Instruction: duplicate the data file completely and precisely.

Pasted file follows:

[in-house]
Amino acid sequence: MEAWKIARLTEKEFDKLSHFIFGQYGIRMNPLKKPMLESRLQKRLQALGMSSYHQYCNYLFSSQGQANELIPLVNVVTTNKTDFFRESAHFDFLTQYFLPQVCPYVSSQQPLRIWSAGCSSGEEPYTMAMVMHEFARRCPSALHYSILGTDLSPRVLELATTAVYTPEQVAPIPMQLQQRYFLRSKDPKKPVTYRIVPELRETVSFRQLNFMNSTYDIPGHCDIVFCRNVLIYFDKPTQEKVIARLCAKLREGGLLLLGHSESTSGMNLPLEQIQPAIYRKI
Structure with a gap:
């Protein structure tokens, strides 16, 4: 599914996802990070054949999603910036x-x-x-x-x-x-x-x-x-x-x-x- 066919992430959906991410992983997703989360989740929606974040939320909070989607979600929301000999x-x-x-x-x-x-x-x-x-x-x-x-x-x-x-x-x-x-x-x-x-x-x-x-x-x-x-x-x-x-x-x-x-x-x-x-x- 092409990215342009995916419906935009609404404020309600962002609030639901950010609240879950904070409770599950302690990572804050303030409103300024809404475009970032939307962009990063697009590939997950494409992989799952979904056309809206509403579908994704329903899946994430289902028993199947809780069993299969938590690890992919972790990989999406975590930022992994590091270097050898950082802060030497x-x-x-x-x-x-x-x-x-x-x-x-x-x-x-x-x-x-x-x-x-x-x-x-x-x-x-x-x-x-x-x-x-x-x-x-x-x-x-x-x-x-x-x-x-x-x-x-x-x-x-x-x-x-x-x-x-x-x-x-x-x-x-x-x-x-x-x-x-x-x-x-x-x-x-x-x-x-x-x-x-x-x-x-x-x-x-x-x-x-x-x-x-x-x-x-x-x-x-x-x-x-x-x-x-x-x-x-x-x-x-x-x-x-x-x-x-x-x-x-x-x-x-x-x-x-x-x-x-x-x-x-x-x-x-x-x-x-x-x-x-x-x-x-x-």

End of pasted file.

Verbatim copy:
[in-house]
Amino acid sequence: MEAWKIARLTEKEFDKLSHFIFGQYGIRMNPLKKPMLESRLQKRLQALGMSSYHQYCNYLFSSQGQANELIPLVNVVTTNKTDFFRESAHFDFLTQYFLPQVCPYVSSQQPLRIWSAGCSSGEEPYTMAMVMHEFARRCPSALHYSILGTDLSPRVLELATTAVYTPEQVAPIPMQLQQRYFLRSKDPKKPVTYRIVPELRETVSFRQLNFMNSTYDIPGHCDIVFCRNVLIYFDKPTQEKVIARLCAKLREGGLLLLGHSESTSGMNLPLEQIQPAIYRKI
Structure with a gap:
């Protein structure tokens, strides 16, 4: 599914996802990070054949999603910036x-x-x-x-x-x-x-x-x-x-x-x- 066919992430959906991410992983997703989360989740929606974040939320909070989607979600929301000999x-x-x-x-x-x-x-x-x-x-x-x-x-x-x-x-x-x-x-x-x-x-x-x-x-x-x-x-x-x-x-x-x-x-x-x-x- 092409990215342009995916419906935009609404404020309600962002609030639901950010609240879950904070409770599950302690990572804050303030409103300024809404475009970032939307962009990063697009590939997950494409992989799952979904056309809206509403579908994704329903899946994430289902028993199947809780069993299969938590690890992919972790990989999406975590930022992994590091270097050898950082802060030497x-x-x-x-x-x-x-x-x-x-x-x-x-x-x-x-x-x-x-x-x-x-x-x-x-x-x-x-x-x-x-x-x-x-x-x-x-x-x-x-x-x-x-x-x-x-x-x-x-x-x-x-x-x-x-x-x-x-x-x-x-x-x-x-x-x-x-x-x-x-x-x-x-x-x-x-x-x-x-x-x-x-x-x-x-x-x-x-x-x-x-x-x-x-x-x-x-x-x-x-x-x-x-x-x-x-x-x-x-x-x-x-x-x-x-x-x-x-x-x-x-x-x-x-x-x-x-x-x-x-x-x-x-x-x-x-x-x-x-x-x-x-x-x-x-």